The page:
Madison Bumgarner
San Francisco Giants pitcher Madison Bumgarner heads to the dugout after retiring the Kansas City Royals in the fifth inning during game seven of the 2014 World Series at Kauffman Stadium. Peter G. Aiken-USA TODAY Sports

KANSAS CITY – In the middle of the second inning of Game 7 of the World Series, it appeared the San Francisco Giants were in trouble. The oldest starting pitcher in World Series game 7 history, Tim Hudson, had just been touched up for two runs and there were still runners left on base.

Two innings later, with the Giants leading 3-2, San Francisco’s savior, Madison Bumgarner, came pouring out of the left field bullpen gates, saving the season, winning the world series, and rewriting history in the process. It may have been game 7 of the World Series, but it was the Bumgarner show from the fifth inning on.

The man they call “MadBum” got the longest save in World Series history on Wednesday, and helped give the Giants their third championship in five years. He is now 4-0 all time in the World Series, and has a mind-blowing 0.25 ERA in the fall classic.

“How it ended today pretty much summed up the Giants in the World Series,” said Giants reliever Jeremy Affeldt, who pitched two scoreless innings himself. “That guy carried us. He flat out carried us.”

The Royals would agree. The most dominant pitcher in October we have seen in nearly 50 years pitched on two days rest, as an emergency reliever, and threw five more innings of shutout ball on top of his nearly 16 innings of shutout ball before that. In short, Bumgarner did what no one in World Series history has ever done, and every ounce of it was needed in order for the Giants to win.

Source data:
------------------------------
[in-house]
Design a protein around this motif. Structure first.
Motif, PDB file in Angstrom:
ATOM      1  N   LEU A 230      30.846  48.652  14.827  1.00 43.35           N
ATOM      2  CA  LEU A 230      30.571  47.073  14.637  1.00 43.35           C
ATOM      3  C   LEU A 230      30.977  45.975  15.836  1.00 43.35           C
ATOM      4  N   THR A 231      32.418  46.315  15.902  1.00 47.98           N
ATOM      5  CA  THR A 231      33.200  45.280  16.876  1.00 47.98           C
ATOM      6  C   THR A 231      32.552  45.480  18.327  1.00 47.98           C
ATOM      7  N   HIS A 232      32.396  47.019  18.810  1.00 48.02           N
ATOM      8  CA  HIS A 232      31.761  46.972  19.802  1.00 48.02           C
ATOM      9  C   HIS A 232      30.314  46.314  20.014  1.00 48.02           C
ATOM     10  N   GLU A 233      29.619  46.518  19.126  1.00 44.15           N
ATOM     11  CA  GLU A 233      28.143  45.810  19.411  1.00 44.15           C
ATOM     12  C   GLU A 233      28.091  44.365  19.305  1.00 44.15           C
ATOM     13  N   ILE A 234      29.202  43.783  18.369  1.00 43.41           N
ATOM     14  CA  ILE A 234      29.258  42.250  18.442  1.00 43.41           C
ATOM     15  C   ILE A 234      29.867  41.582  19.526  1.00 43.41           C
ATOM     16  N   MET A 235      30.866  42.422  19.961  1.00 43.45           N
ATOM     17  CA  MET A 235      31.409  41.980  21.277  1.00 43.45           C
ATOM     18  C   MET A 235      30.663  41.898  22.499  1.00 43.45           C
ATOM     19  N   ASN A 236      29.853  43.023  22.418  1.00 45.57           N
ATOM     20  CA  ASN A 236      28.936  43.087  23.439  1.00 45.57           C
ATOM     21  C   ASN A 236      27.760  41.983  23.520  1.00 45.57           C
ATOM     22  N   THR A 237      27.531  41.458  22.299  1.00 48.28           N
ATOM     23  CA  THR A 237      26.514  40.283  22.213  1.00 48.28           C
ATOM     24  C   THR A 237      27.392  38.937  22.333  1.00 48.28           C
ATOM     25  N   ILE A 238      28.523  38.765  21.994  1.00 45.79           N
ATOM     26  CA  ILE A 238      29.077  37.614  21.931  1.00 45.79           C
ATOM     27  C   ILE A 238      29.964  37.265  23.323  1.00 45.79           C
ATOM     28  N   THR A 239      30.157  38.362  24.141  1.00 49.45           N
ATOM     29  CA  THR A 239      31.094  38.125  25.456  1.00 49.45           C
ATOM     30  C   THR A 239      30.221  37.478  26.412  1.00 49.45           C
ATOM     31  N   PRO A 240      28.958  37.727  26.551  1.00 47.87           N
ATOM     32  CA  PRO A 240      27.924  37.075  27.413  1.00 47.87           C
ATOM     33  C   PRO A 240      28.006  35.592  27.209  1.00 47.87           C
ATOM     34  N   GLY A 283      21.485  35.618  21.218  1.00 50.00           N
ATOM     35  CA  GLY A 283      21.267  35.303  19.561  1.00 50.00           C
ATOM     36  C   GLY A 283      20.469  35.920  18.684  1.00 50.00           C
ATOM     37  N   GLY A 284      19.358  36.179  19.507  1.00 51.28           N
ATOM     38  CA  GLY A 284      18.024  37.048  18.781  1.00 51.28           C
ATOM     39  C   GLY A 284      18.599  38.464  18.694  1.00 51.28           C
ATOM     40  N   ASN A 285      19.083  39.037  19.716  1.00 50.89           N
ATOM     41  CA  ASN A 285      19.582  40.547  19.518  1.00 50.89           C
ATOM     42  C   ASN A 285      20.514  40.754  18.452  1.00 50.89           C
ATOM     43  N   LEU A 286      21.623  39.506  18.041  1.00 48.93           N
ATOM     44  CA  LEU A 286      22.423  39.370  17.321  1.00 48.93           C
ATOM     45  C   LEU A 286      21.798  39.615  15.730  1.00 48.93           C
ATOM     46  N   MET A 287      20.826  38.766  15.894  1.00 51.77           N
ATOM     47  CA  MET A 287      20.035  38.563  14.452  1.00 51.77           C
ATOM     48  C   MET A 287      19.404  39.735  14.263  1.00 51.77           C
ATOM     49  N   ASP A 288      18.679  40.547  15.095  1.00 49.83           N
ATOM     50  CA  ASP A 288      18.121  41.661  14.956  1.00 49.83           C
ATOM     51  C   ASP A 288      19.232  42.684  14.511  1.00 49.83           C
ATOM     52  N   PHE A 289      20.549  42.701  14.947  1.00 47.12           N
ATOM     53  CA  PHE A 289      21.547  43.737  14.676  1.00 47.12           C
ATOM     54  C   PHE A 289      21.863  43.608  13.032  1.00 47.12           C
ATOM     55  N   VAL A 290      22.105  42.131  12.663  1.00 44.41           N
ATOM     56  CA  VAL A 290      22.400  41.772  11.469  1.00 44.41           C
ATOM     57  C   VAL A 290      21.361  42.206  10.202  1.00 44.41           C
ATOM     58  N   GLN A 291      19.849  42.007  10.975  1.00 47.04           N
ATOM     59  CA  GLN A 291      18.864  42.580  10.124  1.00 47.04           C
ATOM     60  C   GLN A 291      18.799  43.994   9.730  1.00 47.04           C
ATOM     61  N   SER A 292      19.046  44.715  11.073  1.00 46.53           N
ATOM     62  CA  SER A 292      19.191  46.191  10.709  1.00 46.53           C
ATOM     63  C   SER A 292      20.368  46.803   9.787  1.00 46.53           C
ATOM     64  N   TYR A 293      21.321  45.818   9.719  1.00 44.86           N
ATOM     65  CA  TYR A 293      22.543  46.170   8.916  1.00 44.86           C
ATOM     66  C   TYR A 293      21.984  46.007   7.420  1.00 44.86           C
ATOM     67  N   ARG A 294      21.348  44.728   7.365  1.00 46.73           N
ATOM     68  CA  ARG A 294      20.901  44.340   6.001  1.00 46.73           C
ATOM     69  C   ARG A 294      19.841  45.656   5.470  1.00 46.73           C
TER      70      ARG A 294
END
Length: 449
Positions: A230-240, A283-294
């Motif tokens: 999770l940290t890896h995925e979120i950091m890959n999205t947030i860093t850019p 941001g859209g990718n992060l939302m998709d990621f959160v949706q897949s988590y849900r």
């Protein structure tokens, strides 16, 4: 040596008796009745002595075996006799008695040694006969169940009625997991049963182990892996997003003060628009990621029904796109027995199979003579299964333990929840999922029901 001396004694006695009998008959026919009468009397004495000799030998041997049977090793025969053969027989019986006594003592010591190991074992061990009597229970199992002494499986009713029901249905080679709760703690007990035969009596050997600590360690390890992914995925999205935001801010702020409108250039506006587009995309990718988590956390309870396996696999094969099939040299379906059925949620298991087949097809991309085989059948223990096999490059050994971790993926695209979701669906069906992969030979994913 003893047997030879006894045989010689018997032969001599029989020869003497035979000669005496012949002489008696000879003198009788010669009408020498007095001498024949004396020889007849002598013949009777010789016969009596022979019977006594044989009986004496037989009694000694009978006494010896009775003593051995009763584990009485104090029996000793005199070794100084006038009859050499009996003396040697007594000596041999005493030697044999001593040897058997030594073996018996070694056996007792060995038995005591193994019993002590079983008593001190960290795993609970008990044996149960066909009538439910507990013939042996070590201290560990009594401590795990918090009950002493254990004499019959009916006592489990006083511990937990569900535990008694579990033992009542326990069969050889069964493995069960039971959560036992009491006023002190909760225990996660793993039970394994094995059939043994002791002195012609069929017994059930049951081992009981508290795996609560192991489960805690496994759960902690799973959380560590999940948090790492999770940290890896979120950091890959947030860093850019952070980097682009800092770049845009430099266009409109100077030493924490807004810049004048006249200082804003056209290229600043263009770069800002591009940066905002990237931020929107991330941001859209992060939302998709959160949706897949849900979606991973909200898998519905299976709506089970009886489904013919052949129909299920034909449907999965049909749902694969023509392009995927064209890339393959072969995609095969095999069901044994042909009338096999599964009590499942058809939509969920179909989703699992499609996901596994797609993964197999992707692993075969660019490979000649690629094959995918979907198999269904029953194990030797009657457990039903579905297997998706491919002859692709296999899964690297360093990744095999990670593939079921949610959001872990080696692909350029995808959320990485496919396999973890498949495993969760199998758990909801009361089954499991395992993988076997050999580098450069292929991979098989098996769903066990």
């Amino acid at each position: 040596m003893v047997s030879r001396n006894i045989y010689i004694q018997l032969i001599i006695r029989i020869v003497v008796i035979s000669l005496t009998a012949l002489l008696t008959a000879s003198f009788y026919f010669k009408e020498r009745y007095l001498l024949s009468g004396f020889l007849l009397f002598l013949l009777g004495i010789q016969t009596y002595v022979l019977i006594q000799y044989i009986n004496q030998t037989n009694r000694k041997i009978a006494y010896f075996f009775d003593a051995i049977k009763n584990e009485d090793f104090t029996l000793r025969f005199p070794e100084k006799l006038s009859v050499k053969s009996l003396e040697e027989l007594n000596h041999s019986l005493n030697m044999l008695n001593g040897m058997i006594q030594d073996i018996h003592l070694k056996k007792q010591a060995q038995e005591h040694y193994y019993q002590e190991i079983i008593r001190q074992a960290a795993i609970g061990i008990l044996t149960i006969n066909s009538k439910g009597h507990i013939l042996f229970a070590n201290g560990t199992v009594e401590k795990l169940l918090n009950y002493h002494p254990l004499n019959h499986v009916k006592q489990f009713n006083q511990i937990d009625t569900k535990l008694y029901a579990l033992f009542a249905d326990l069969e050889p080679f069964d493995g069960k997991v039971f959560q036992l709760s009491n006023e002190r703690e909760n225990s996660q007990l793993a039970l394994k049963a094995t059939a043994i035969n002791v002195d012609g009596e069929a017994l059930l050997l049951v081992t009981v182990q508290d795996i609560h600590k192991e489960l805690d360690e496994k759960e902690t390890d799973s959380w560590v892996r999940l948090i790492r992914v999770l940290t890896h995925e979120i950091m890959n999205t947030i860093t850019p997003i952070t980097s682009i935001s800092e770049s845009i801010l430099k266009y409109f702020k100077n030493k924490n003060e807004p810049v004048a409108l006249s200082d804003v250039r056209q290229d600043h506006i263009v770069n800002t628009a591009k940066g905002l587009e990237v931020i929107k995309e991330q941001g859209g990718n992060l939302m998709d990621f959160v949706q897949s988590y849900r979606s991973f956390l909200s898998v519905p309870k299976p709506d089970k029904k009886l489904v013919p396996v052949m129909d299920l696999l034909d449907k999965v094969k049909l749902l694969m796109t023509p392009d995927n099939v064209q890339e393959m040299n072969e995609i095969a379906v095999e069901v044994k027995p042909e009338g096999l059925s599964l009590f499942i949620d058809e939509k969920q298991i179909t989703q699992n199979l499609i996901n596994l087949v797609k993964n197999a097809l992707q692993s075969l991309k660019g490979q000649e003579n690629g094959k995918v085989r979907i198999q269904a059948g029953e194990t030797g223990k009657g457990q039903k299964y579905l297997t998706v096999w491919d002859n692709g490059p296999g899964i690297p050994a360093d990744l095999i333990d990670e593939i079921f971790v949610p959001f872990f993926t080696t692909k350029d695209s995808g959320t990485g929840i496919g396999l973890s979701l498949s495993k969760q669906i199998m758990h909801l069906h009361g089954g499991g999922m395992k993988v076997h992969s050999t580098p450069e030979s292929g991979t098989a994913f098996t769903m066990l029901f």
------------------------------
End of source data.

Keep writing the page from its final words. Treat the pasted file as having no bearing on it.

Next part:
San Francisco Giants starting pitcher Ryan Vogelsong (left) watches as teammate Madison Bumgarner (middle) hoists the Commissioners Trophy after game seven of the 2014 World Series against the Kansas City Royals at Kauffman Stadium. Peter G. Aiken-USA TODAY Sports

Before the game, Giants manager, Bruce Bochy, would have been ecstatic to get a couple innings out of Bumgarner. Maybe 20-30 pitches he hinted to reporters before the game. In all, Bumgarner went five innings and threw over 60 pitches in route to a two-hit shutout out of the bullpen. Just two days after throwing 118 pitches in a complete game performance in game 5. Yes, you heard that correct.

“To throw seven innings and then throw nine and then, two days later, to throw five? You’re in the World Series. You’re pitching against the best hitters in the world. In game 7… that can’t happen. I don’t think it will ever happen again. I just don’t. I don’t even know if we’re real right now. I don’t even know if I’m talking to you after that happened,” said Affeldt.

But indeed the performance was real. Bumgarner entered the pantheon of World Series legends as he ran out onto the field of Kauffman Stadium in front of 40,535 loud raucous fans that wanted nothing more in the world for him to fail. He not only neutralized the crowd, but the Royals offense which had scored an astounding 10 runs the night before. He shut them down again for the third time in nine days and made sure there will be a parade down the streets of downtown San Francisco on Friday.

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